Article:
August Wilson’s The American Century Cycle

25+ years across the Ahmanson, Taper, and Douglas

Gem of the Ocean
(L-R) John Earl Jelks, Yvette Ganier, and Phylicia Rashad in Gem of the Ocean. Photo by Craig Schwartz.

August Wilson was an American playwright who believed in the importance of history to find out who you are and where you’ve been. He said, “It becomes doubly important if someone else has been writing your history.”

Over the course of 25 years, August Wilson completed 10 plays—each set in a different decade of the 20th century—capturing the universal themes of love, honor, duty, and betrayal through the daily lives, creams, triumphs, and tragedies of African Americans, one decade at a time. “Put them all together,” Wilson once said, “and you have a history.”

We’ve produced nine of the 10 plays in the cycle to date.

What the Constitution Means to Me

2020 at the Mark Taper Forum

What the Constitution Means to Me
Maria Dizzia. Photo by Joan Marcus.

This boundary-breaking play breathes new life into our Constitution and imagines how it will affect the next generation of Americans. Fifteen year old Heidi Schreck—also the playwright—earned her college tuition by winning Constitutional debate competitions across the United States. In this play, she resurrects her teenage self in order to trace the profound relationship between four generations of women and the founding document that shaped their lives.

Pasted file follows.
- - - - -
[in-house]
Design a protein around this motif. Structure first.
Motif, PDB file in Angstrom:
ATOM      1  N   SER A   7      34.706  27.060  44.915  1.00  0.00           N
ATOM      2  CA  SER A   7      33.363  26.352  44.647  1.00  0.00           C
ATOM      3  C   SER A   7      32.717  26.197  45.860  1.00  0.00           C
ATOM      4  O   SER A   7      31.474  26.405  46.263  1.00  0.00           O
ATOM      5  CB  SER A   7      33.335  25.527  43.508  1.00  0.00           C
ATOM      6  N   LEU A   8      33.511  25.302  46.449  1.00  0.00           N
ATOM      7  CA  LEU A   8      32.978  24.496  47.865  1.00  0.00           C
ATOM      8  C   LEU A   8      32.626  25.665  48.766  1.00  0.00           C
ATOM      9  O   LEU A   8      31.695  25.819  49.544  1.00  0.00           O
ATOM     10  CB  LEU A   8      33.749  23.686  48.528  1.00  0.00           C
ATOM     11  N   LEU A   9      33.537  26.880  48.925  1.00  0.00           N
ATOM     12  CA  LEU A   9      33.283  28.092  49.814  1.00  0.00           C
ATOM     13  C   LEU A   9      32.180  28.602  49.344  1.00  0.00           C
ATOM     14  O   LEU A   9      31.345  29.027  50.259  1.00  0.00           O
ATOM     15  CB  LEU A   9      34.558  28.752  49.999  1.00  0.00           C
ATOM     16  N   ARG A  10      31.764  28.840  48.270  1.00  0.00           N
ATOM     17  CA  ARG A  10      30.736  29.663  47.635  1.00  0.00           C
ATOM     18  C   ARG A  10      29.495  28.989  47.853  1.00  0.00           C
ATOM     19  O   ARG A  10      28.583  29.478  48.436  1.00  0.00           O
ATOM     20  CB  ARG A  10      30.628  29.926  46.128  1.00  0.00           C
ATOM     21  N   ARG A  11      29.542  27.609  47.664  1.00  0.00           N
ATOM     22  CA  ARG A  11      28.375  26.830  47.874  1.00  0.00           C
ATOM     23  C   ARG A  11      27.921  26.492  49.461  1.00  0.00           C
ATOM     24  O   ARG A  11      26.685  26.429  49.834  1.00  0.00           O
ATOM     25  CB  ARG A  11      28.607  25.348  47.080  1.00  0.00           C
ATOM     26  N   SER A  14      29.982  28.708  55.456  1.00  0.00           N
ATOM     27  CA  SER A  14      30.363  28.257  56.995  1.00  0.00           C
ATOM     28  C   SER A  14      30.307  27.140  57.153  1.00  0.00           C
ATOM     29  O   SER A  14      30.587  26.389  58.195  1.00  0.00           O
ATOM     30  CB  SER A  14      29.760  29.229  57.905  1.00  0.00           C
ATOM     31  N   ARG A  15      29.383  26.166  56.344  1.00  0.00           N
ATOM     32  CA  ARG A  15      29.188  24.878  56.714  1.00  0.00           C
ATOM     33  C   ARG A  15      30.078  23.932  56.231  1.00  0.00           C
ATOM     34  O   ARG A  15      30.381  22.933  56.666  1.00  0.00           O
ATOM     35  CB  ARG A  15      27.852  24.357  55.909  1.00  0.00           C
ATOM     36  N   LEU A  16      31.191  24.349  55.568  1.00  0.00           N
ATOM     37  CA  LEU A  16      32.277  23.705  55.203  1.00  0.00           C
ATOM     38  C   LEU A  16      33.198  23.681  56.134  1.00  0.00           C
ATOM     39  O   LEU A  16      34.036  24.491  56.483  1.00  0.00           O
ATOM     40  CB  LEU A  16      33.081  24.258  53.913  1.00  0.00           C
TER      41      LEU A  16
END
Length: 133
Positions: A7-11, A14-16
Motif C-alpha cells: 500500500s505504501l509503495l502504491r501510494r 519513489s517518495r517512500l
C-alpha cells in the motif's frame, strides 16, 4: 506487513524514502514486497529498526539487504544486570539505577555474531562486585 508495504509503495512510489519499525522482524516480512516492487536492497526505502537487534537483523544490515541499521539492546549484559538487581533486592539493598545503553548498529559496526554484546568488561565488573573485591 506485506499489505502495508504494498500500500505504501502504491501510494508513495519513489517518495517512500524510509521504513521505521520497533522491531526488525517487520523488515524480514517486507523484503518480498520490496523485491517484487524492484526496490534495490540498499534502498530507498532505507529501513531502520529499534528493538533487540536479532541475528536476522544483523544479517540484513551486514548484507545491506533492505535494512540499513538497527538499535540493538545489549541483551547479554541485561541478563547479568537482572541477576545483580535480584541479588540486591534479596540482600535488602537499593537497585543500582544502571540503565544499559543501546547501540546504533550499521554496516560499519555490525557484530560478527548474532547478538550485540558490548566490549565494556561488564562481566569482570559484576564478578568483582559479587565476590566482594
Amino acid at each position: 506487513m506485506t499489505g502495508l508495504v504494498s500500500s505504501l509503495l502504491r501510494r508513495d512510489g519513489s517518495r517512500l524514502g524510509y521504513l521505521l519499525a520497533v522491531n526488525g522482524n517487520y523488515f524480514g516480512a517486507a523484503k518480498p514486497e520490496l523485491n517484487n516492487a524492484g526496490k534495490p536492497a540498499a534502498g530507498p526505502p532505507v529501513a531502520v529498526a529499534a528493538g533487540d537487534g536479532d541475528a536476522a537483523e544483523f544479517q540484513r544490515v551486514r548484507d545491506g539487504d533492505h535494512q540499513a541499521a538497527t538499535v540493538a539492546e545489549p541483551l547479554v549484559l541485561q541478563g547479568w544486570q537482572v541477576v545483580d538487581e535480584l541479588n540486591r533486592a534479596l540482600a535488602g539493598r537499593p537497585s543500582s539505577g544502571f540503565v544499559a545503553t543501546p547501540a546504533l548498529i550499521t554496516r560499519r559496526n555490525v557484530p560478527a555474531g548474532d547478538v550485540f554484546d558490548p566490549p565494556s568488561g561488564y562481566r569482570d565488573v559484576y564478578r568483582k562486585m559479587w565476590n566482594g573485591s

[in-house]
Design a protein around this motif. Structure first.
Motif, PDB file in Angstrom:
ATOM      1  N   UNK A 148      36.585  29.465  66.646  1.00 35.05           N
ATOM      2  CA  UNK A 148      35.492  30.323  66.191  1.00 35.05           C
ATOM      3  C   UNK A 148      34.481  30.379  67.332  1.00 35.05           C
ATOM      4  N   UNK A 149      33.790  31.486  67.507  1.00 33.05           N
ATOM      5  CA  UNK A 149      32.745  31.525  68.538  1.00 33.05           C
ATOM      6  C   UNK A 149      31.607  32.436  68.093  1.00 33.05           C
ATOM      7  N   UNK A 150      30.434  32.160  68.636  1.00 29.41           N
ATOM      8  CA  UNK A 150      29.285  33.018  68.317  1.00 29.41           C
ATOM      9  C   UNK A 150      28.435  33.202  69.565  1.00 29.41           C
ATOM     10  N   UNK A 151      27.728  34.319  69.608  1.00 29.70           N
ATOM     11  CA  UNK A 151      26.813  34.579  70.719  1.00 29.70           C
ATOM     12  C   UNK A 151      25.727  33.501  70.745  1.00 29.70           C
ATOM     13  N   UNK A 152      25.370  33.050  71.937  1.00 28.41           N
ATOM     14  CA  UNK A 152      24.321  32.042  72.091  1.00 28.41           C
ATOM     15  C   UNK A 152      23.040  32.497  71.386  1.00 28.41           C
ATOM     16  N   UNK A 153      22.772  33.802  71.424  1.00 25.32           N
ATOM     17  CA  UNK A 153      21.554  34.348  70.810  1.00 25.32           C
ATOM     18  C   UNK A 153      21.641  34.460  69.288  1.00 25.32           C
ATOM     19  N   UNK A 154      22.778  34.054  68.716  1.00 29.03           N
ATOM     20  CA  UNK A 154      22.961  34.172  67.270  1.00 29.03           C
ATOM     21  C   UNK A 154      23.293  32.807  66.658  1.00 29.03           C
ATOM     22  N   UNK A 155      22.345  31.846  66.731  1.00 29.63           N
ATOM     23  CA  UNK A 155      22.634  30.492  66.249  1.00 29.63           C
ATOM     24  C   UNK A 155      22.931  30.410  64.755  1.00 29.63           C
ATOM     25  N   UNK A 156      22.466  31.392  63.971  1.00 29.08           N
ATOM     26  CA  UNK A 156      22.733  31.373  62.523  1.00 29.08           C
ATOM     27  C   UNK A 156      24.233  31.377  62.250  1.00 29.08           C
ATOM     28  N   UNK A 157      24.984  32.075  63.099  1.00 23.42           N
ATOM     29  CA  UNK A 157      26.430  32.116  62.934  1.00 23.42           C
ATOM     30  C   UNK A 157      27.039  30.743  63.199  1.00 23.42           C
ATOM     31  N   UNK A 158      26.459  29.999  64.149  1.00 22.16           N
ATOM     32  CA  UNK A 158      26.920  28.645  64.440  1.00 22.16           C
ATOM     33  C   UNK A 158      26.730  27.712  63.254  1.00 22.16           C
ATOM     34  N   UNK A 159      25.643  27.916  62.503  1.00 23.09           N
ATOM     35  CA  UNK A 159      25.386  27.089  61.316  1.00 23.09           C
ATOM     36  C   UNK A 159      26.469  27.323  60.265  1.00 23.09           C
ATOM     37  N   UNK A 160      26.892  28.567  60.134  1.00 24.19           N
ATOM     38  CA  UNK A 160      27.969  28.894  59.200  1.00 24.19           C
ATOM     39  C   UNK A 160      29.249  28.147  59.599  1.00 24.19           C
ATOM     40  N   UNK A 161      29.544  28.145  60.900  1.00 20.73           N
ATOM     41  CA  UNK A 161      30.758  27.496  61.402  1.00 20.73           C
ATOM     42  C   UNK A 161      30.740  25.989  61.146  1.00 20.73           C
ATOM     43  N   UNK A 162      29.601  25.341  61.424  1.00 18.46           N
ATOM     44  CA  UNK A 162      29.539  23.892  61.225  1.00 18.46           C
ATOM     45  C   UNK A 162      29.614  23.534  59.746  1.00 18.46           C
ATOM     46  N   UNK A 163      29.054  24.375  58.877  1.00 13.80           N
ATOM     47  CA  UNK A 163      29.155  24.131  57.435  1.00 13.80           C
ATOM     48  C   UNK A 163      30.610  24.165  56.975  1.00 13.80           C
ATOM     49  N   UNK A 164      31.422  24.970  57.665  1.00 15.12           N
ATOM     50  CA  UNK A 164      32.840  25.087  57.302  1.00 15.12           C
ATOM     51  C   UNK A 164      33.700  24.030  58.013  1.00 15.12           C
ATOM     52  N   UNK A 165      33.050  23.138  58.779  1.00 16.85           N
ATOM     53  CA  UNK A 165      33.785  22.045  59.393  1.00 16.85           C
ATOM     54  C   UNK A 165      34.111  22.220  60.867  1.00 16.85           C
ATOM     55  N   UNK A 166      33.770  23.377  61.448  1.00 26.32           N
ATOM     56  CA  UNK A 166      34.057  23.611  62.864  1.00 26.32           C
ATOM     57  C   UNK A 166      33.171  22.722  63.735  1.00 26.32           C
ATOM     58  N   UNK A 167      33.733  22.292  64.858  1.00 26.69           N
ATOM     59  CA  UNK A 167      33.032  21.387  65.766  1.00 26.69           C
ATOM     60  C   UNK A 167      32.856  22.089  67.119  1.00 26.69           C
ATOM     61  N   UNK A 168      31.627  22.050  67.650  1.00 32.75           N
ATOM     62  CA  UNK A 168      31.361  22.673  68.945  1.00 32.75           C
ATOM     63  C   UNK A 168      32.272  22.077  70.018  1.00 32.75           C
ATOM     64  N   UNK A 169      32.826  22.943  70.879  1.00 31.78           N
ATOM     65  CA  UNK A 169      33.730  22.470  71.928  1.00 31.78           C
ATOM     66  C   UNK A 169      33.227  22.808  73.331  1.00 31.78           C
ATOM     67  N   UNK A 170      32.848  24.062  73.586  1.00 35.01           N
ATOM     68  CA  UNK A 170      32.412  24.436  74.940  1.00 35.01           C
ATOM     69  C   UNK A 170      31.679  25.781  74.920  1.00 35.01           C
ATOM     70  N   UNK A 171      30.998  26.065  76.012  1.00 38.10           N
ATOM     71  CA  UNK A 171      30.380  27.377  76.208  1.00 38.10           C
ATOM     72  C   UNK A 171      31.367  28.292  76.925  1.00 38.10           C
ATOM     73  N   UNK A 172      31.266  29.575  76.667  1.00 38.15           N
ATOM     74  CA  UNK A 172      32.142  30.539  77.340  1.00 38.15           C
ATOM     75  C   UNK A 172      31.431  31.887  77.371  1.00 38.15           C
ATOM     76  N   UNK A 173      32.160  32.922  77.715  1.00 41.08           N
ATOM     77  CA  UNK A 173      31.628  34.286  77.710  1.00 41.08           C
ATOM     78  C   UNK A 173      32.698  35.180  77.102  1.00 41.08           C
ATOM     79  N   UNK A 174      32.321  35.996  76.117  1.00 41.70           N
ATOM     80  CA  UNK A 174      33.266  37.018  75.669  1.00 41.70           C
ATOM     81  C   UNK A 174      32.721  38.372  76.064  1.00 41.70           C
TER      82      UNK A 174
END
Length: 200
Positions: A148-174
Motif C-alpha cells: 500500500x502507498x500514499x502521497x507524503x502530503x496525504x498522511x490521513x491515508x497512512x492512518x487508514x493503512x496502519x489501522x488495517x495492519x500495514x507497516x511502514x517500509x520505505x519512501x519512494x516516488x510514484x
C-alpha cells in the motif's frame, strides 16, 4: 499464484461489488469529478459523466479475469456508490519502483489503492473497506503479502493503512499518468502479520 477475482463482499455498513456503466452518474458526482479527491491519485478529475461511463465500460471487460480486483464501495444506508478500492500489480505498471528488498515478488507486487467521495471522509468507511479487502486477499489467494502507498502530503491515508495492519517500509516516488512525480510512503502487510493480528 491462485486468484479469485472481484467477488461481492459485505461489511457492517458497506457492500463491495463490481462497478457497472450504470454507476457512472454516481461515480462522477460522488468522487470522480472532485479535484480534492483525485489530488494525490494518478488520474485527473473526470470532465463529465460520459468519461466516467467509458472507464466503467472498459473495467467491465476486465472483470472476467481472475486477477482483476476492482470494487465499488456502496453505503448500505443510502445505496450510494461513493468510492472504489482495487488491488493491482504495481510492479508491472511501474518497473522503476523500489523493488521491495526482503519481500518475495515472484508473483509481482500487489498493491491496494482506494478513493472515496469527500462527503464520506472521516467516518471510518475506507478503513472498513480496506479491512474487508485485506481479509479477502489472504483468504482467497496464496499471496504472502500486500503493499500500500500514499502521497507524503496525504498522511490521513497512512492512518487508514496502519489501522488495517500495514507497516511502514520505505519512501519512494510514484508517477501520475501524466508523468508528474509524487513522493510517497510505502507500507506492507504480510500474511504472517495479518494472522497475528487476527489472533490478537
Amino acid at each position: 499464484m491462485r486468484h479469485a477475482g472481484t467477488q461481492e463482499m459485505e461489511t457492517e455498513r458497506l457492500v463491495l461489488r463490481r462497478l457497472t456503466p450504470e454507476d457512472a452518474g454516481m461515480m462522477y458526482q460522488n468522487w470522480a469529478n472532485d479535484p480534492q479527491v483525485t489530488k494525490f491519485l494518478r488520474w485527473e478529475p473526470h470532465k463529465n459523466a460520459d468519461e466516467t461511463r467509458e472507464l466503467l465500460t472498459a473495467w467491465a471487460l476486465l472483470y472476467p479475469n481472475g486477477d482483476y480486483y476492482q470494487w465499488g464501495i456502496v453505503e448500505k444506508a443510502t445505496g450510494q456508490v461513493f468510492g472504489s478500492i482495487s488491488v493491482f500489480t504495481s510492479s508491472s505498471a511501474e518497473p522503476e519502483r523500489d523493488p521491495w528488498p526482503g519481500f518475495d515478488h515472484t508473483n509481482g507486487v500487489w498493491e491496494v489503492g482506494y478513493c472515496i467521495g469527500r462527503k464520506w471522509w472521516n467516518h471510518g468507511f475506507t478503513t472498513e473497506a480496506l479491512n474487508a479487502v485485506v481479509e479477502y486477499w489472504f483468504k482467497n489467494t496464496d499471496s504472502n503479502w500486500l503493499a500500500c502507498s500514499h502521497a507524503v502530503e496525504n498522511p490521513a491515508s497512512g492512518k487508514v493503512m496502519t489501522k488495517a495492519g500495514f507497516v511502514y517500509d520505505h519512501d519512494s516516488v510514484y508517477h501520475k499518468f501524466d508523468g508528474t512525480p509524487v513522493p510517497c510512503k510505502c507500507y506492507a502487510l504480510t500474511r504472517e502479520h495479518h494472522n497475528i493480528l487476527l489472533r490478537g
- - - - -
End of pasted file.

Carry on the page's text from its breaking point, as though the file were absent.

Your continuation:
Chavez Ravine

World premiere in 2003 at the Mark Taper Forum and revived in 2015 at the Kirk Douglas Theatre

Chavez Ravine
(L–R) Herbert Siguenza and Eileen Galindo. Photo by Craig Schwartz.

In 1949, long before the Dodgers considered leaving Brooklyn, a hillside neighborhood of a few hundred modest homes became one of the most controversial pieces of land in Los Angeles over a public housing project. Culture Clash’s Richard Montoya, Ric Salinas, and Herbert Siguenza satirically revealed a chain of events that shaped and reshaped the life of a city, the effects of gentrification, and the history of what is now home to Dodger Stadium in Chavez Ravine.

Twilight: Los Angeles, 1992

World premiere in 1993 at the Mark Taper Forum

Anna Deavere Smith. Photo by Jay Thompson.

In the immediate wake of the Los Angeles riots and beating of Rodney King, Anna Deavere Smith spent months interviewing more than 175 people from all walks of life to craft Twilight: Los Angeles, 1992, which addressed the conditions and events that led to the uprising.

Smith described her approach to making theatre in the program for Twilight, writing “I am interested in where a person’s unique relationship to the spoken word intersects with character. What fascinates me is not just what a person says, but how they say it. I am also interested in the changing roles of men and women in society, and our current challenge to find new and creative ways to negotiate racial and ethnic difference.”